This article was published in Pet Food Processing’s October 2022 Buyers Guide. Read it and other articles from this issue in our October 2022 Buyers Guide.

Regulatory hurdles, economic stressors and trade opportunities are all top of mind for the American Feed Industry Association (AFIA) as it helps the industry navigate shifting conditions and unprecedented disruptions across the animal feed and pet food industries. These priorities are emphasized through the association’s continued advocacy for animal health and wellness, trade, industry sustainability, food and employee safety, education, research, and engagement.

AFIA’s membership consists of more than 650 domestic and international companies, including pet food and feed manufacturers, ingredient and equipment suppliers, and industry-adjacent businesses. According to the AFIA, more than 75% of US animal feed and roughly 70% of non-whole grain ingredients in the country are manufactured by its members.

"The past year saw impressive progress on many issues important to the membership and our industry," said Mike Schuster of Laidig Systems, Inc.

The AFIA strives to give a voice to decisionmakers on Capitol Hill or at the regulatory agencies on legislative and regulatory matters and provide key insights on timely topics affecting these industries. The AFIA also offers confidential expertise to its members, as well as opportunities for training and education, professional development, and networking throughout the year.

“A cornerstone of the AFIA is its four promises to membership: Voice, Representation, Expertise and Engagement,” wrote Mike Schuster, immediate past chair at the AFIA and vice president of sales at Laidig Systems, Inc., in AFIA’s 2021-2022 State of the US Animal Food Industry Report, which was published in late August. “In my year as board chair, it was gratifying to watch these promises fulfilled by the outstanding work of the association. The past year saw impressive progress on many issues important to the membership and our industry.”

In its latest State of the US Animal Food Industry Report, the AFIA reiterated its mission, vision and values, and provided updates on the current business climate, feed and food safety, industry competitiveness and trade, sustainability, and educational and networking opportunities past, present and future.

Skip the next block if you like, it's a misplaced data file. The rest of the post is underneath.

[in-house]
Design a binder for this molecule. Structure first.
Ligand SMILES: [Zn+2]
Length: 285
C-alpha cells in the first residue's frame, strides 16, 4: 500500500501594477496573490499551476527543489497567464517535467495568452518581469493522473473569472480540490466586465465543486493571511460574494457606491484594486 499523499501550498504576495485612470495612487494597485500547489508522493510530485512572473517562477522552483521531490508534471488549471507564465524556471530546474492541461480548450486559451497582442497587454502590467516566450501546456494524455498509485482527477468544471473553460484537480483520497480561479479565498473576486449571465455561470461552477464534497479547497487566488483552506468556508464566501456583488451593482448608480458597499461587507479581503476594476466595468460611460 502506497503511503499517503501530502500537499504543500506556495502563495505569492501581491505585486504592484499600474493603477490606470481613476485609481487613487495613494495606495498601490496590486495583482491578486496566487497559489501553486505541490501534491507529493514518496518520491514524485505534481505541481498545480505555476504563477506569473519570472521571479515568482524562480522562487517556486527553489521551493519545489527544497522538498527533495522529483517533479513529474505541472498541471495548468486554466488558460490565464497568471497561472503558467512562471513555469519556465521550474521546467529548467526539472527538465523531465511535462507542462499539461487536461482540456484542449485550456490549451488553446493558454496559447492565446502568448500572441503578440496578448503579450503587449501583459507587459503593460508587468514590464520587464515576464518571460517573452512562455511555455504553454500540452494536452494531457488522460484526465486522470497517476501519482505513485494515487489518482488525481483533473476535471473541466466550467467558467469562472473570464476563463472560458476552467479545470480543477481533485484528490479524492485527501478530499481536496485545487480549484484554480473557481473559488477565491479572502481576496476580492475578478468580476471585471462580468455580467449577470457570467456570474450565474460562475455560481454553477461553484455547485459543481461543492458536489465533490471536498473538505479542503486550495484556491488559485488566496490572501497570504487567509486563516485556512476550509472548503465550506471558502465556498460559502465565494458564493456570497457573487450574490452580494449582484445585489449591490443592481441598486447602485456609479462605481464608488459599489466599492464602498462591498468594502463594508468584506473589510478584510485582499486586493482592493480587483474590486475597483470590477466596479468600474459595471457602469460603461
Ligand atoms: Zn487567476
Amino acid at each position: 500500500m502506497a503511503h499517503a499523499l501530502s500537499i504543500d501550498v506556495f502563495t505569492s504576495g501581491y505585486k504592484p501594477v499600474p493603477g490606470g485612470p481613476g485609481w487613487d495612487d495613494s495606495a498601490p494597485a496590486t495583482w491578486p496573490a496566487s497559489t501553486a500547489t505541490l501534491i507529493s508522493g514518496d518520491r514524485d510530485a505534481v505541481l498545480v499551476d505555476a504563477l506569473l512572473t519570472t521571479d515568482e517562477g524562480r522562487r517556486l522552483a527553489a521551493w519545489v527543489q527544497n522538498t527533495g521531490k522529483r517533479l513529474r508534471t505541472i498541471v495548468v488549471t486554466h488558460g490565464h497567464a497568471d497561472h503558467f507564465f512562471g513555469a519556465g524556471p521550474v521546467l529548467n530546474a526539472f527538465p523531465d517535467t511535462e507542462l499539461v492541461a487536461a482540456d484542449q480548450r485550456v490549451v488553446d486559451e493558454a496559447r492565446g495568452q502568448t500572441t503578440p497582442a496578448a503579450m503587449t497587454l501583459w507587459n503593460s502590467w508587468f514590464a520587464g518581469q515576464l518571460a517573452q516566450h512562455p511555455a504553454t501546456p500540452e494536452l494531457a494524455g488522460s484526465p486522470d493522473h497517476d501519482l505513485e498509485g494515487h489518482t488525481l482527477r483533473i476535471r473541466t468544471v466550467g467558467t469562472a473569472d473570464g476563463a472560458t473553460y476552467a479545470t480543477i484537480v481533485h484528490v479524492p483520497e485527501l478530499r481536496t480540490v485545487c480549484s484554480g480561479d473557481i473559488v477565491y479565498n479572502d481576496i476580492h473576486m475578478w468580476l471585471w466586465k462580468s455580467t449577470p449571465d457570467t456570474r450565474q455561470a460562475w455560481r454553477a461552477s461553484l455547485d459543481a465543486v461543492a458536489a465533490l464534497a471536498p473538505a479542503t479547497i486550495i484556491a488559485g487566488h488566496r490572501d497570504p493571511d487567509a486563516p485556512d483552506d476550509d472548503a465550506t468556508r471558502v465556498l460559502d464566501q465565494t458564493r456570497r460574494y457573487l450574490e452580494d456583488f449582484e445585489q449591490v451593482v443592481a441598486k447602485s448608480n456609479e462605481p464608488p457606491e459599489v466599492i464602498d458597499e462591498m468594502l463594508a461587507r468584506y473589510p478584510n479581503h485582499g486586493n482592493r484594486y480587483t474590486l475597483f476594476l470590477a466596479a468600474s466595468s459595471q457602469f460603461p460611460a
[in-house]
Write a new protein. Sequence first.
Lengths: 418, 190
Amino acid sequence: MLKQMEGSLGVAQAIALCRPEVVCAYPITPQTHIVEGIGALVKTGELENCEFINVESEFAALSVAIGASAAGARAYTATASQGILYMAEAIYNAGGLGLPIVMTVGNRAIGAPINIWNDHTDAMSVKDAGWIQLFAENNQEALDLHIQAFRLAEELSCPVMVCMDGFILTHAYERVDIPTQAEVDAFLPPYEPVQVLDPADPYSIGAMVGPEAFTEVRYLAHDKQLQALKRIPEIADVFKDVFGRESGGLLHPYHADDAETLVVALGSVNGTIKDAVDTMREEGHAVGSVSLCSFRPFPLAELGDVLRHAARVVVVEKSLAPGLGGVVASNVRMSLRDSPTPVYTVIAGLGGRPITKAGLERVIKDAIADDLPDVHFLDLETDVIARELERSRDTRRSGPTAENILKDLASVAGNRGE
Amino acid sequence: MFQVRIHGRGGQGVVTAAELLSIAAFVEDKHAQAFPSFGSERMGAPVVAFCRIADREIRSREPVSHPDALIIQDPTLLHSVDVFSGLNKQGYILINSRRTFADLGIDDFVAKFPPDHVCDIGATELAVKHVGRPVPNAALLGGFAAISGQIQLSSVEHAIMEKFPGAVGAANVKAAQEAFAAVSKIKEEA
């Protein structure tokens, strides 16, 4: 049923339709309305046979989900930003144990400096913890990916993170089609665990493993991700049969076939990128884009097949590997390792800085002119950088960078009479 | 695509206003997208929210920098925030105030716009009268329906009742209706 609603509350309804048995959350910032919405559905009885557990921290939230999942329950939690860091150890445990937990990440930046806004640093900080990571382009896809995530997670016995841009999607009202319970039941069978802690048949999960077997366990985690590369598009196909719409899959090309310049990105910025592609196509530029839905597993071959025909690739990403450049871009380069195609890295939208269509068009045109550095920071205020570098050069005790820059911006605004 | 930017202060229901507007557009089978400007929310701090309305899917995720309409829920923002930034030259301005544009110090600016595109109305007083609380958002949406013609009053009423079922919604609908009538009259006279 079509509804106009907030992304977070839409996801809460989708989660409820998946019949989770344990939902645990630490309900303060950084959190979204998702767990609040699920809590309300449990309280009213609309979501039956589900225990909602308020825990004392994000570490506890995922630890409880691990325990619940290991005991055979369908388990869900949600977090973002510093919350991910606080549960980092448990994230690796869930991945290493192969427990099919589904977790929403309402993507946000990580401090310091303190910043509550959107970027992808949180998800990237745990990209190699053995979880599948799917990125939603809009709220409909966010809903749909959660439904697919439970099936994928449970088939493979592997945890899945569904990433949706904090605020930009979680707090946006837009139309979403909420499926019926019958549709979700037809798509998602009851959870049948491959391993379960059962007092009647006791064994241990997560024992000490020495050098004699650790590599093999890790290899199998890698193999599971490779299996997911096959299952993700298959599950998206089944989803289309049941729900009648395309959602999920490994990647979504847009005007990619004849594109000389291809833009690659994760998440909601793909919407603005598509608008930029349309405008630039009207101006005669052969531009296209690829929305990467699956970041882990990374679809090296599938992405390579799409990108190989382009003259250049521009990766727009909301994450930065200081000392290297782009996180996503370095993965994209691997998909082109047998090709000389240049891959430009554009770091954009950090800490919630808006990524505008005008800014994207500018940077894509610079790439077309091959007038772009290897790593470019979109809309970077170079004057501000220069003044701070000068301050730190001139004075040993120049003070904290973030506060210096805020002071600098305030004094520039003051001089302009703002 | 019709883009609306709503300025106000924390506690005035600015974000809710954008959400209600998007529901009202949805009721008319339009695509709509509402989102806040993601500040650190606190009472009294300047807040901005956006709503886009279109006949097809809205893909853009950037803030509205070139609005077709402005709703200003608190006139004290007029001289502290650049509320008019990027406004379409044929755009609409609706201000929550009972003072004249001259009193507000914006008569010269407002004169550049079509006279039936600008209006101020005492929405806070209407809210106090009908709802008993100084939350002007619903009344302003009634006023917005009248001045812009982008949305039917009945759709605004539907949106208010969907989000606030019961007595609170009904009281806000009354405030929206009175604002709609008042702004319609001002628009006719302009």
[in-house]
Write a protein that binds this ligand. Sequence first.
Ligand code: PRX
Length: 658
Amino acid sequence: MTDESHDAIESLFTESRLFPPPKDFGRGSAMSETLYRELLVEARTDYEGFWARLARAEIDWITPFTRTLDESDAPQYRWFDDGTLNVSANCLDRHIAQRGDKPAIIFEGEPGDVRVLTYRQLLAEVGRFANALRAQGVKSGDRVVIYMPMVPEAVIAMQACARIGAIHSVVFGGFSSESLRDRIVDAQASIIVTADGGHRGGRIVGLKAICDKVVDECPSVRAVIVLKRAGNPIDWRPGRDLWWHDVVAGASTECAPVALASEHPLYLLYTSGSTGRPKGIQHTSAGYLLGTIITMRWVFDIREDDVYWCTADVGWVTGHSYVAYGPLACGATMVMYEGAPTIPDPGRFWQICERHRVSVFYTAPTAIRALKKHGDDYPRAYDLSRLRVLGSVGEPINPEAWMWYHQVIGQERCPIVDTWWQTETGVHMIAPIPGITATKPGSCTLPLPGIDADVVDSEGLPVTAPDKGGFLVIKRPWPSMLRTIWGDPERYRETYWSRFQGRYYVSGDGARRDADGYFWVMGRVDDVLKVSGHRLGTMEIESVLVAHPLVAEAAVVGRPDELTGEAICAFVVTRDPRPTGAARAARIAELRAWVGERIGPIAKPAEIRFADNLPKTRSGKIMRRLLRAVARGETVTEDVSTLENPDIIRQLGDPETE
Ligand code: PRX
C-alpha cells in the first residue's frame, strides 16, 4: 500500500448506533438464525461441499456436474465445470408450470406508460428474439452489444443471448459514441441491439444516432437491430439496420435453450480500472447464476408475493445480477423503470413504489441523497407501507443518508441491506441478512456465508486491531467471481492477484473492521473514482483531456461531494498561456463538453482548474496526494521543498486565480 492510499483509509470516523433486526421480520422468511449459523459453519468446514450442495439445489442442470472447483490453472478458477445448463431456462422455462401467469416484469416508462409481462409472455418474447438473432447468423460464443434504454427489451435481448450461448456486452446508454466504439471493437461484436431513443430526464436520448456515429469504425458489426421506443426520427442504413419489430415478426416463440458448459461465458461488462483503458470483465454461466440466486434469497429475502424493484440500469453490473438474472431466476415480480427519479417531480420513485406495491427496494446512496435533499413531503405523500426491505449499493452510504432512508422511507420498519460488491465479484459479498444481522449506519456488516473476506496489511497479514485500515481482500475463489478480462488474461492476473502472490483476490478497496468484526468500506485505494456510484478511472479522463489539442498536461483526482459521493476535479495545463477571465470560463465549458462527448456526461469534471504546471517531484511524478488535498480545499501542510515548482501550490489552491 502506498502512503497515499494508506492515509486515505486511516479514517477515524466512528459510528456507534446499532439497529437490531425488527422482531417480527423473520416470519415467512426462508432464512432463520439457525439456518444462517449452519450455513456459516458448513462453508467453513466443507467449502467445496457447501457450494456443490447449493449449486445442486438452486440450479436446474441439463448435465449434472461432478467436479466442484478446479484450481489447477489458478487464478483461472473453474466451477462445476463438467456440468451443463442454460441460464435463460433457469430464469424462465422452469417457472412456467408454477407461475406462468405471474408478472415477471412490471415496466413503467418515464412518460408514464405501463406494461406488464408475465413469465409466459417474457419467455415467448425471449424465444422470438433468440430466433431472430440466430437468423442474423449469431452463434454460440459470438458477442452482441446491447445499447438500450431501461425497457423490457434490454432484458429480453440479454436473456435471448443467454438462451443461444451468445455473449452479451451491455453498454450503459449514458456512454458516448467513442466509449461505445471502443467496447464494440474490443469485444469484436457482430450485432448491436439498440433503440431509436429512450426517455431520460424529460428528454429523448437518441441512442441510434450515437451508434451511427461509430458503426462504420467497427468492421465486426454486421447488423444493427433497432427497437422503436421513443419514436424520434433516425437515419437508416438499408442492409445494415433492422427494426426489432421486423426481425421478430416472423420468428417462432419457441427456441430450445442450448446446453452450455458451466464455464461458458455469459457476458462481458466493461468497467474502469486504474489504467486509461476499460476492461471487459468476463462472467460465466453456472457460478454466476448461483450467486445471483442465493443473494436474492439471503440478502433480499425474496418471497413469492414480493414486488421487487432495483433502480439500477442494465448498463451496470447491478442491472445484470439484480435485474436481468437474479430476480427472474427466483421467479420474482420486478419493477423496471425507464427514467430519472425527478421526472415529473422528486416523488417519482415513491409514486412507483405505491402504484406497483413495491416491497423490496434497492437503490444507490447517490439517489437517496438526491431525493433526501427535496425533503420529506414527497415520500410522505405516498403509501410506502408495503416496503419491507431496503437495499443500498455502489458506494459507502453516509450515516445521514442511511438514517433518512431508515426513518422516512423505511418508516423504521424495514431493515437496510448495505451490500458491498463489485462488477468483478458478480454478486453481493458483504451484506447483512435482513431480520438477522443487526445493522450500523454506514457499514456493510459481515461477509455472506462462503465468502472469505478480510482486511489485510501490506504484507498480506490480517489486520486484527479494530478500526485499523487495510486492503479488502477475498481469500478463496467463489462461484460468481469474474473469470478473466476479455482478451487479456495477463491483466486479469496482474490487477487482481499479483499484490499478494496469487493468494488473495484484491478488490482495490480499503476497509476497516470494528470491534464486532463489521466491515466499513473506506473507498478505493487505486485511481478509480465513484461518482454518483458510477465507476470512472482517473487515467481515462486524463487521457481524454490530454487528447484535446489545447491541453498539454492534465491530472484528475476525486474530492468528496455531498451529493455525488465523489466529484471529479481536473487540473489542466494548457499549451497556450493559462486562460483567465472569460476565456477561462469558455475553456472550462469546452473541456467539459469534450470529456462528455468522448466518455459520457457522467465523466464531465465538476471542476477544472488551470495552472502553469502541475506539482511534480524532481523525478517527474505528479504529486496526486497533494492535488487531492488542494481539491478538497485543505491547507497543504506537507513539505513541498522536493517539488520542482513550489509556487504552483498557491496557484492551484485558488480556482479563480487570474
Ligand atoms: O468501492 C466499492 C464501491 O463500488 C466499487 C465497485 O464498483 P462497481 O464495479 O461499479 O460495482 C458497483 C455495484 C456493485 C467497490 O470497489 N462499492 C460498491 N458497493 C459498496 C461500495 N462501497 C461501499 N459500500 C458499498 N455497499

“Disruptions in the supply chain will inevitably stay with us throughout 2022 and unfortunately into 2023, but so too will our commitment to work with industry partners and governments around the world to resolve bottlenecks, identify new opportunities and navigate the global uncertainties posed by pandemics, production shortages and political unrest,” wrote Constance Cullman, president and chief executive officer of the AFIA, in the report.

Over the last year, the AFIA has made headway on several of these issues. Pressure on the Biden administration contributed to the passage of the Ocean Shipping Reform Act in June, which increases the authority of the Federal Maritime Commission (FMC) to investigate unreasonable fees and cargo refusals. The organization also fought for the DRIVE-SAFE Act, a pilot program allowing 18- to 20-year-old drivers to obtain interstate licenses for commercial trucking, which was included in the Infrastructure Investment and Jobs Act signed into law in November 2021.

Upcoming events by the American Feed Industry Association

Additionally, the AFIA joined Pet Food Institute (PFI) and the National Grain and Feed Association (NGFA) in signing a letter urging the White House to suspend, reduce or eliminate Section 232 and Section 301 tariffs, which deal with retaliatory tariffs in Europe, Japan and the United Kingdom, and Chinese goods, respectively.

The AFIA is also heavily involved in a cross-industry push to mitigate challenges surrounding the inclusion of hemp-based ingredients in pet food and animal feed and has pushed for a new amendment to dedicate $8 million in funding to the US Food and Drug Administration’s Center for Veterinary Medicine (FDA CVM) to expedite new feed ingredient reviews.

The organization is also prioritizing contingency plans for African swine fever (ASF), an animal disease posing significant risks to the US pork industry and, subsequently, the animal food industry. To address this risk, the AFIA partnered with the pork industry and the Institute for Feed Education and Research (IFEEDER) to evaluate disinfection methods for feed manufacturing facilities.

Moving forward, the AFIA will continue to support the industry on five key policy issues: access and availability of technology, feed and food safety, ingredient affordability and availability, global competitiveness, and sustainability and workplace safety.

Read more news from associations and agencies in the pet food sector.